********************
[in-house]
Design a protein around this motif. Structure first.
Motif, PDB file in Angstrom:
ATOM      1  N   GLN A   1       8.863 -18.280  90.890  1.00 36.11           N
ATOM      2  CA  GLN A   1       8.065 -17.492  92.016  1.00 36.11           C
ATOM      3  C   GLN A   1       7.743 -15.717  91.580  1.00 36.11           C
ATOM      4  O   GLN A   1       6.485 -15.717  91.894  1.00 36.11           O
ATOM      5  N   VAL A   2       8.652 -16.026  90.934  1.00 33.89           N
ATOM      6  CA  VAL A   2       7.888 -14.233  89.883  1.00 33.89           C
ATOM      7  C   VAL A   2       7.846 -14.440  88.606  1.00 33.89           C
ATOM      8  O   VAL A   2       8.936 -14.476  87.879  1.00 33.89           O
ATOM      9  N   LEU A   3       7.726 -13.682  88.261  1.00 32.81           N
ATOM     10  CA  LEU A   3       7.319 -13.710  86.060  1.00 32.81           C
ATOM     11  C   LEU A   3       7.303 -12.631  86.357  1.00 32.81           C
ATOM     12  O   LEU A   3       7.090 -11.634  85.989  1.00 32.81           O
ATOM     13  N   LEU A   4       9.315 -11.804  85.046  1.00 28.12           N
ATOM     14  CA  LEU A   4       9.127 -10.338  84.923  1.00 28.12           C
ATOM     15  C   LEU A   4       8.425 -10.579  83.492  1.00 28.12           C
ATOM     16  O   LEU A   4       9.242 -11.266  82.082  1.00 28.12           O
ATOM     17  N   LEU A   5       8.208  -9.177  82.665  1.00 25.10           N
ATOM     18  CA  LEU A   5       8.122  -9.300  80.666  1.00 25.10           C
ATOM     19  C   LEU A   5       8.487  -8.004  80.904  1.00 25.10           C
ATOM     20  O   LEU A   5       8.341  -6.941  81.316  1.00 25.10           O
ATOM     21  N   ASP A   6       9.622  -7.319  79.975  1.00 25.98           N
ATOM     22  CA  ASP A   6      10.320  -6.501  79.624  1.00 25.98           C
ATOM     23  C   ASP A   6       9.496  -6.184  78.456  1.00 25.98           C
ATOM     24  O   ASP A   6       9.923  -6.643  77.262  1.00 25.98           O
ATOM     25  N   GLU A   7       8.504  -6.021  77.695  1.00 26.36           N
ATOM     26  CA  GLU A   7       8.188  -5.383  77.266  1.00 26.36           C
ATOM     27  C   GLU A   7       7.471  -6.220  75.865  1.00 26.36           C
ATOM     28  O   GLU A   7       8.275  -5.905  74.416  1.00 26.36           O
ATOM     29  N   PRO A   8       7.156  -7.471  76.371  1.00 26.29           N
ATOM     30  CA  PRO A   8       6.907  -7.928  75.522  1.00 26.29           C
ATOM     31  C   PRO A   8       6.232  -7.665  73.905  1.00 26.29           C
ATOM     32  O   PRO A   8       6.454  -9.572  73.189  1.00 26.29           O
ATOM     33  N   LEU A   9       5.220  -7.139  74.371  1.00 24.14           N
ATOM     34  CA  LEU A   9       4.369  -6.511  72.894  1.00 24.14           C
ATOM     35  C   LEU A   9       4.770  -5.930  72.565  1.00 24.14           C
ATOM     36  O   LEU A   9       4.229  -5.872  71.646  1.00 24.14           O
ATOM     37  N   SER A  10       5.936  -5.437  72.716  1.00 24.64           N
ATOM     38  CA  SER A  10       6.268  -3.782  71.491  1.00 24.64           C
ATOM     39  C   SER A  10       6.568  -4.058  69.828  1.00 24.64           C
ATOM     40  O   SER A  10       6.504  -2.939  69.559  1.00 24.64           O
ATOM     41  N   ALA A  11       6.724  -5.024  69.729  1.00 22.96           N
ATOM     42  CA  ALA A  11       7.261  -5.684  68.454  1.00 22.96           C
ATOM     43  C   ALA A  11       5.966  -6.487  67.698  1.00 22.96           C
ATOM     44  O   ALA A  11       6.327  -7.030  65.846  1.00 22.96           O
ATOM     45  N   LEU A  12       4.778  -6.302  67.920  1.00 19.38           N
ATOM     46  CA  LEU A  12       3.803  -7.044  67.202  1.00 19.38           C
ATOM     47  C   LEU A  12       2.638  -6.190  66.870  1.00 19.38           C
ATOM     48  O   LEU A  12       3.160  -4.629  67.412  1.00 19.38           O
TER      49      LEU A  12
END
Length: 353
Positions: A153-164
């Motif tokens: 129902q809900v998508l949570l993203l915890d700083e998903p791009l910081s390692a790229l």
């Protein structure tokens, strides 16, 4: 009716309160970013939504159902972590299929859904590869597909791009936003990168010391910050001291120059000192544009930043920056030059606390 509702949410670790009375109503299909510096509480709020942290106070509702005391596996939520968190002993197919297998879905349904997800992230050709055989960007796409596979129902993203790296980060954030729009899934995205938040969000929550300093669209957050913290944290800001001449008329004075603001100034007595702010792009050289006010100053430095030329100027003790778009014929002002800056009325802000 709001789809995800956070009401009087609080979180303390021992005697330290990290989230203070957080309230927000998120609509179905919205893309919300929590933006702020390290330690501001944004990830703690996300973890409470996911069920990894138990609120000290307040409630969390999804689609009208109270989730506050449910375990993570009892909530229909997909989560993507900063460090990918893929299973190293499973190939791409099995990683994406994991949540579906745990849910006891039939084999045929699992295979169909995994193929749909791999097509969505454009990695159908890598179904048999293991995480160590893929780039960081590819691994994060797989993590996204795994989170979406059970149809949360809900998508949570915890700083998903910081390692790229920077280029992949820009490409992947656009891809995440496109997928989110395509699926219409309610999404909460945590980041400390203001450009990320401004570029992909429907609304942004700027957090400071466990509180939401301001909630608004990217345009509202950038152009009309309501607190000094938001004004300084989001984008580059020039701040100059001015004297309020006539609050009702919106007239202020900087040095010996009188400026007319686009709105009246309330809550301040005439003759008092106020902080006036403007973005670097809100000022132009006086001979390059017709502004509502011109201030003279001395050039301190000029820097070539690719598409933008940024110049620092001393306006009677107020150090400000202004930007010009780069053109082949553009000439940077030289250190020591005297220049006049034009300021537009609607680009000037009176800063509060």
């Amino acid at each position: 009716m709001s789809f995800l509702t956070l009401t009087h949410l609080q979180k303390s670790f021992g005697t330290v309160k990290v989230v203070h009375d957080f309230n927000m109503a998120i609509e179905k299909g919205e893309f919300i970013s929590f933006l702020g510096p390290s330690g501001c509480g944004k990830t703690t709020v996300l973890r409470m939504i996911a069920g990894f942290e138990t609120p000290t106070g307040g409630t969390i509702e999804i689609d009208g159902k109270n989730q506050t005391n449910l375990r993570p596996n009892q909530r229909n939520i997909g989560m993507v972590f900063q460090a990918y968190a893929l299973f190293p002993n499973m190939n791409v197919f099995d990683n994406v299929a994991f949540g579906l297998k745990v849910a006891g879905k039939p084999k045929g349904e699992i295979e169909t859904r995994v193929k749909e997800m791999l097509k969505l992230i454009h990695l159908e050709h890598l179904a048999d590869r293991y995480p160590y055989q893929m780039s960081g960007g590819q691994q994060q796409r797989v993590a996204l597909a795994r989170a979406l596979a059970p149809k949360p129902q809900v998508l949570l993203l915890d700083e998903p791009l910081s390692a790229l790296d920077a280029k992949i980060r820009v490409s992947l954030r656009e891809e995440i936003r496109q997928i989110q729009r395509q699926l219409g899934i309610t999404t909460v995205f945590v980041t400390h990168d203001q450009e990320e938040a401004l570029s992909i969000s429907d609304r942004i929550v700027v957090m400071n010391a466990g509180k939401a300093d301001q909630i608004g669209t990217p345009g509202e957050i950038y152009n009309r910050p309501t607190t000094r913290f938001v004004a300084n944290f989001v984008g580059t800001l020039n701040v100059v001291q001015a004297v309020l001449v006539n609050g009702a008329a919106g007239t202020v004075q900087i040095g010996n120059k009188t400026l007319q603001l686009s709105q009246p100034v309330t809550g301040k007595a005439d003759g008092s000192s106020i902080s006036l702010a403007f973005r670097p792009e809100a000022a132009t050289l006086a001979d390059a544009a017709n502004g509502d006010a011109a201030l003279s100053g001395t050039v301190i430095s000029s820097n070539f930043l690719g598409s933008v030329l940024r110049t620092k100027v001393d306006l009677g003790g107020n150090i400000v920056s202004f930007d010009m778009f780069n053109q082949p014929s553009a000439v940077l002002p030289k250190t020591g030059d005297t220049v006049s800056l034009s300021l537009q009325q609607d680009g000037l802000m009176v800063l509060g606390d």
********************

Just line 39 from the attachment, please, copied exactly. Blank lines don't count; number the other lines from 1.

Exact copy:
ATOM     36  O   LEU A   9       4.229  -5.872  71.646  1.00 24.14           O